High Performance Computing (HPC) Systems
The Summit system architecture is comprised of general compute nodes, GPU compute nodes, high-memory compute nodes and Phi nodes. For detailed information on the system, see the CU Boulder Research Computing resources page.
Allocations of time on Summit are based on Service Units (SU) and CPU core-hours as follows:
1 SU = 1 CPU core-hour (i.e. a single fully utilized CPU core on 1 compute node for 1 hour)
CSU users as a whole have an allocation of roughly 25% of the total SUs/yr for Summit (21,996,360 SU/yr)
All new accounts will receive an Initial allocation of 50,000 SU/yr. The Initial allocation will expire after 1 year.
If users require more time beyond the Initial allocation, they can apply for a Project allocation.
To apply for a project allocation, submit the Summit Project Allocation Request Form
The Summit Management and Allocations Review Committee will review and assess Project applications and respond within 1 week on the status of the request.
The Summit system offered an optional Condominium Computing Model (“Condo Model”). In the Condo Model, costs are split between researchers and Central IT. Researchers purchase their own compute nodes and Central IT provides the hosting environment and support services for those nodes.
Due to the age of the system, the final opportunity to buy into the Condo Model on Summit concluded in January 2018. We expect to offer Condo Model buy in opportunities on future HPC systems.
Condo jobs have the following privileges
- can request longer run times (up to 168 hrs. (7 D))
- get queue priority boost (equal to 1 D boost)
- can access all compute nodes
To properly activate Condo shares, Condo users should send the following info to email@example.com.
- full name
- condo group ID (see table below)
You will receive an email note when your condo group ID assignment is complete. You’ll then be able to submit jobs using your Condo allocation.
The table below shows the condo group ID that has been assigned to each principal investigator and their department affiliation.
|PI||Dept.||Condo group ID|
|Asa Ben-Hur||Computer Science||hal|
|Stephen Guzik||Mechanical Engineering||cfd|
|Chris Weinberger||Mechanical Engineering||crw|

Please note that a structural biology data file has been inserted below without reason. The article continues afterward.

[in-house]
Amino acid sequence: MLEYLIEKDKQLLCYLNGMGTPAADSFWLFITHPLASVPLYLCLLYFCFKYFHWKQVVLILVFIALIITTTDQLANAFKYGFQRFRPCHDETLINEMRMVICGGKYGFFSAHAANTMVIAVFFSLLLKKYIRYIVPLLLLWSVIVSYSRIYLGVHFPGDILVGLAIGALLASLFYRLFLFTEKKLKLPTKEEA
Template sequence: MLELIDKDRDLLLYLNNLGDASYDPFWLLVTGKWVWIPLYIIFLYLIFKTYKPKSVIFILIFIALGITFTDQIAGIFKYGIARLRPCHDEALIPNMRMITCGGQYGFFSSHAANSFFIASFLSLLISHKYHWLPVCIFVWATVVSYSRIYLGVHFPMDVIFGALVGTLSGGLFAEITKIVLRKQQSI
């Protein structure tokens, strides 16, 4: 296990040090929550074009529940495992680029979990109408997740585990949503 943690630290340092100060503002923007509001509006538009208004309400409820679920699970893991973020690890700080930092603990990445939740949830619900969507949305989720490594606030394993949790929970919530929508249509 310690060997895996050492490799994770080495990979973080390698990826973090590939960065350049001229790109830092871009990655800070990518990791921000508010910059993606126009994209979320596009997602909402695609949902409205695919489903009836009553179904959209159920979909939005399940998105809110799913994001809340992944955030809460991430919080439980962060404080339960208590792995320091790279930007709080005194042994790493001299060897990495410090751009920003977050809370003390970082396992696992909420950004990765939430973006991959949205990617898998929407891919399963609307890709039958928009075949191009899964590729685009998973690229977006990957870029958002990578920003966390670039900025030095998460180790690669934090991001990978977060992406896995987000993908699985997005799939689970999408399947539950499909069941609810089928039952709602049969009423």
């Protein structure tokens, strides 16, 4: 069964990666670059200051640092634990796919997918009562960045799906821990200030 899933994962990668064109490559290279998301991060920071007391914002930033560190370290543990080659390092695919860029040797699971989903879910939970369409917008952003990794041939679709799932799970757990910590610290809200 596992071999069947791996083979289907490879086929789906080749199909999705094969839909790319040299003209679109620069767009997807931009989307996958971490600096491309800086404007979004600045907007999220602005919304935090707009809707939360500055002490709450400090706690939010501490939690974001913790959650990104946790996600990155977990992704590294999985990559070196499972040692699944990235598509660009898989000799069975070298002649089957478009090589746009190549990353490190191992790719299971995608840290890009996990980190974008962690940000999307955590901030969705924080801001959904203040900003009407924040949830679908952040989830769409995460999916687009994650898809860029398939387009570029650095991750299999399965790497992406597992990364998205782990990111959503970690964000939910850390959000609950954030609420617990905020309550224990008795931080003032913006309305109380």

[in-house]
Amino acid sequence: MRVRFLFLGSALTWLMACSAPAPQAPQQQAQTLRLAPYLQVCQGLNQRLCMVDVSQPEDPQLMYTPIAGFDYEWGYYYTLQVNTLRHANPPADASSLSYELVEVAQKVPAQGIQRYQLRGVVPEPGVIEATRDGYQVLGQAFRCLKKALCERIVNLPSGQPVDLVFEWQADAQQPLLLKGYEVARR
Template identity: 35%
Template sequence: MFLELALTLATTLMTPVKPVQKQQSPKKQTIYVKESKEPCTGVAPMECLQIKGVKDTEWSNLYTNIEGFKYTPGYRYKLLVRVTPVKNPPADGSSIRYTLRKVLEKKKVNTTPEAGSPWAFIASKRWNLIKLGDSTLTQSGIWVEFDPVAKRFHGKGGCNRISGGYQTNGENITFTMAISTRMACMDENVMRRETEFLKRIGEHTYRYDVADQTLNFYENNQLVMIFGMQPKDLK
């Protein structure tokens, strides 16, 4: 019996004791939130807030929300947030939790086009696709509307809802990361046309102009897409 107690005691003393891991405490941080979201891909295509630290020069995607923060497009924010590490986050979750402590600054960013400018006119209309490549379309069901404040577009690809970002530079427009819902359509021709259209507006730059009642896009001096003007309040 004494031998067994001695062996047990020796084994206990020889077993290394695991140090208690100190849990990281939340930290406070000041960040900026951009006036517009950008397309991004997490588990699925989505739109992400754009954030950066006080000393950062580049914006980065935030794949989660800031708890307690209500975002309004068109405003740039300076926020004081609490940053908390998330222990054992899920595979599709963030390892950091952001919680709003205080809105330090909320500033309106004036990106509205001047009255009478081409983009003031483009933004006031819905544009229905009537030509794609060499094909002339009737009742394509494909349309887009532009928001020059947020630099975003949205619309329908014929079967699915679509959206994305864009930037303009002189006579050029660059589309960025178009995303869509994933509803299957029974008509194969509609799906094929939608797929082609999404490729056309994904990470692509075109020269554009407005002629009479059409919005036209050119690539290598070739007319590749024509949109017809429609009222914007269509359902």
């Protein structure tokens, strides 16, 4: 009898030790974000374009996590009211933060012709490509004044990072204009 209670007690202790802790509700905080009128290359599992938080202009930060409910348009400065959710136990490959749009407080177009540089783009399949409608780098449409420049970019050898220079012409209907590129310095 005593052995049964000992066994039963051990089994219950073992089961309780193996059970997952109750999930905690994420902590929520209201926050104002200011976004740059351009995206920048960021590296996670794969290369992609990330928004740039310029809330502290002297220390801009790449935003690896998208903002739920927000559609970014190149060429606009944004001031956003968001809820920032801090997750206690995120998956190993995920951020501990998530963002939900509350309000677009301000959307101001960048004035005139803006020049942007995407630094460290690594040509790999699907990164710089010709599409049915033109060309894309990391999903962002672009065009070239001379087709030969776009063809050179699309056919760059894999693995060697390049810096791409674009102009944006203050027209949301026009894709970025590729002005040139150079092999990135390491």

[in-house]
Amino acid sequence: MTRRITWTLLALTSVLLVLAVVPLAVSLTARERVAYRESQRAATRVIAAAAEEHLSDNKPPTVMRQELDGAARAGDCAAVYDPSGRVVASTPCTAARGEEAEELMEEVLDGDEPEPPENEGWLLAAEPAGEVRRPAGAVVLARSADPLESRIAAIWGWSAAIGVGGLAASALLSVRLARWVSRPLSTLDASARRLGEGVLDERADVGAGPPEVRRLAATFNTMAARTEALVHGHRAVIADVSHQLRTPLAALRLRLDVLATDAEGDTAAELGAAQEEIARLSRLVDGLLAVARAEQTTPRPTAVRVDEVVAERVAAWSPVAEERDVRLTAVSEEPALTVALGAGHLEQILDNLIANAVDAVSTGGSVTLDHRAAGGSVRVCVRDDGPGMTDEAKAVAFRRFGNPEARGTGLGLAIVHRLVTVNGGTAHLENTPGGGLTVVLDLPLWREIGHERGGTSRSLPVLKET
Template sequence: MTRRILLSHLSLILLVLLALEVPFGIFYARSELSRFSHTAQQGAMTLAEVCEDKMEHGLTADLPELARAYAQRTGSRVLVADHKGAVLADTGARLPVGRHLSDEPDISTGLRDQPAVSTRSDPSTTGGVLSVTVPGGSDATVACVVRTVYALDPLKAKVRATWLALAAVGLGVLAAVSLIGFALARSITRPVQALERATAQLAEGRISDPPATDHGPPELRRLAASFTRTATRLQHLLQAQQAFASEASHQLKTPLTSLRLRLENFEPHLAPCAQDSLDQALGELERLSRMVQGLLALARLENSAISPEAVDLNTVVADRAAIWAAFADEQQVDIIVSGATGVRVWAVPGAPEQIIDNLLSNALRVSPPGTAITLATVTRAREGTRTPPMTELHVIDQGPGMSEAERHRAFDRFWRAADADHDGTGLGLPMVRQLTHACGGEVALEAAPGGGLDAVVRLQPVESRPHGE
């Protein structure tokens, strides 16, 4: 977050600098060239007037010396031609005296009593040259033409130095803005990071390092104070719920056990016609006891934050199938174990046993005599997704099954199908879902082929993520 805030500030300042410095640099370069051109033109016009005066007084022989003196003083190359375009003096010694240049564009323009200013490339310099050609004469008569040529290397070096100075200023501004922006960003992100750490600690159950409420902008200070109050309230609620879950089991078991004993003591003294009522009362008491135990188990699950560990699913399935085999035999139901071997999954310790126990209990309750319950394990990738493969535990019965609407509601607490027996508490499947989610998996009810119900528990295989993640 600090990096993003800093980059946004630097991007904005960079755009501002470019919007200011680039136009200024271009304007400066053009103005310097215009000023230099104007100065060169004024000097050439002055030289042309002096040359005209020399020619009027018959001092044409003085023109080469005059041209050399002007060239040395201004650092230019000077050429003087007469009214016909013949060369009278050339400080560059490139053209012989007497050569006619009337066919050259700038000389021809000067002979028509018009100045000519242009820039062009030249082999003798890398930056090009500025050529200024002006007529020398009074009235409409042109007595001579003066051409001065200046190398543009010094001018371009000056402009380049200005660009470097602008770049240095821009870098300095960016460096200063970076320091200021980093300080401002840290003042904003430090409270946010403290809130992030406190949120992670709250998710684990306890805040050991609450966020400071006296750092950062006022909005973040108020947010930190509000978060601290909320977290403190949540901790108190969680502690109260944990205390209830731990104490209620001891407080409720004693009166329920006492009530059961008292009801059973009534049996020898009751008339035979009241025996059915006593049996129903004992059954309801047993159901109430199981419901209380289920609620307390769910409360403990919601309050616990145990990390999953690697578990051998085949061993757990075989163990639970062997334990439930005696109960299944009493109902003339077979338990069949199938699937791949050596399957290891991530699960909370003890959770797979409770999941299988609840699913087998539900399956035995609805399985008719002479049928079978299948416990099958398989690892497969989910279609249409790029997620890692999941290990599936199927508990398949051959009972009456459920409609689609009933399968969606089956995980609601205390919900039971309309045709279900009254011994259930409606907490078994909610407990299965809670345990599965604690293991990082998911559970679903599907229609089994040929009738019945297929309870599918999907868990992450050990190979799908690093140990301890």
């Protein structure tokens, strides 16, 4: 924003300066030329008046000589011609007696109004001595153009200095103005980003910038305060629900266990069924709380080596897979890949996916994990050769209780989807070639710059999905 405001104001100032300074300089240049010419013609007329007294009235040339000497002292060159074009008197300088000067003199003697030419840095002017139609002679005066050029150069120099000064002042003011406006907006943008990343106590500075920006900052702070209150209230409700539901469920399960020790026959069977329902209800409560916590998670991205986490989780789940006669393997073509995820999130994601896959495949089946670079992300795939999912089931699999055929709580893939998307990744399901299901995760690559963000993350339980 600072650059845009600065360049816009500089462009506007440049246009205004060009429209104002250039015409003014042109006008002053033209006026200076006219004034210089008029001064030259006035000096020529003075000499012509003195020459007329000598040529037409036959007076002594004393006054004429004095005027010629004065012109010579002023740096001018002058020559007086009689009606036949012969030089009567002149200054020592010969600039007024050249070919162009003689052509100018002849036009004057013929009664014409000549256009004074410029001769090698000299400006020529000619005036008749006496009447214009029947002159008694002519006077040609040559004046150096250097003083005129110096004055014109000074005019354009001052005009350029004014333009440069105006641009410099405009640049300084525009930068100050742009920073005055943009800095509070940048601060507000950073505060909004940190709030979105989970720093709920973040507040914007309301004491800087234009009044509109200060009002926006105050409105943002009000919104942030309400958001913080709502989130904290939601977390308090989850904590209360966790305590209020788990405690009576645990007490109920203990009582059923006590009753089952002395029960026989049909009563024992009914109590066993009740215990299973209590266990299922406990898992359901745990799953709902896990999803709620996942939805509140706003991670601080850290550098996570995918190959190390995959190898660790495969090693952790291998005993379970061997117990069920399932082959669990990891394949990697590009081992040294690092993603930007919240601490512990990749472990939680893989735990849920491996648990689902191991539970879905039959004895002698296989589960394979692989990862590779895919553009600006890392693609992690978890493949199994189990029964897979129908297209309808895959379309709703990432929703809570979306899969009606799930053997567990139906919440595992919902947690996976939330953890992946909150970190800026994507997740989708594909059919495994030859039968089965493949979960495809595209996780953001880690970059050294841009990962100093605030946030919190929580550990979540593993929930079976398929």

Condo Job Submission
To submit jobs using your Condo allocation, include the following lines in your Slurm batch job file
#SBATCH --qos condo #SBATCH -A csu-summit-xxx
where “xxx” is your condo group ID from the table above. Note the double-dash for the “qos”parameter. When you submit a Slurm batch job file with these parameters, the job will run with the additional privileges described above.
The following statement may be used for Summit Acknowledgements:
“This work utilized the RMACC Summit supercomputer, which is supported by the National Science Foundation (awards ACI-1532235 and ACI-1532236), the University of Colorado Boulder and Colorado State University. The RMACC Summit supercomputer is a joint effort of the University of Colorado Boulder and Colorado State University.”
The following document includes information that may be used for grants, RFP’s and other solicitations:
CSU User's Guide
Logging into Summit requires DUO two factor authentication. To set up DUO, follow the instructions at http://authenticate.colostate.edu
Access to Research Computing resources is available by way of the Secure Shell, or ssh, protocol. Access is provided via a dedicated login node.
ssh command can be run from the Linux and OS X command-line.
where you should replace csu_eID with your eid.
When logging in from Windows, we recommend the PuTTY application.
If you are using the DUO smartphone app: When it asks for your password, type in your CSU password followed by a comma followed by the word “push”.
Don’t forget the comma! The DUO app on your phone will ask you to approve the request.
Alternatively: you can ask the DUO app to generate a 6-digit code called a DUO key. Use your CSU password, followed by a comma, followed by the 6 digit number generated by your app.
Don’t forget the comma!
NOTE: The DUO_key mentioned above cycles every 15 seconds. If you do not log in within 15 seconds of generating the key, it will expire and you’ll have to generate another key.
If you are having trouble logging in and you suspect DUO is the issue, contact the Central IT Support Helpdesk for DUO support
Transferring files to Summit is typically facilitated by sftp or Globus.
ssh File transfer
ssh File transfer (sftp) is recommended for smaller files. A good rule of thumb is that if you’re willing to sit through the file transfer, sftp is a good option. You can use sftp from the command line or other software. The login credentials are the same ones you use to ssh into the login node. Please see the section on remote login for more details.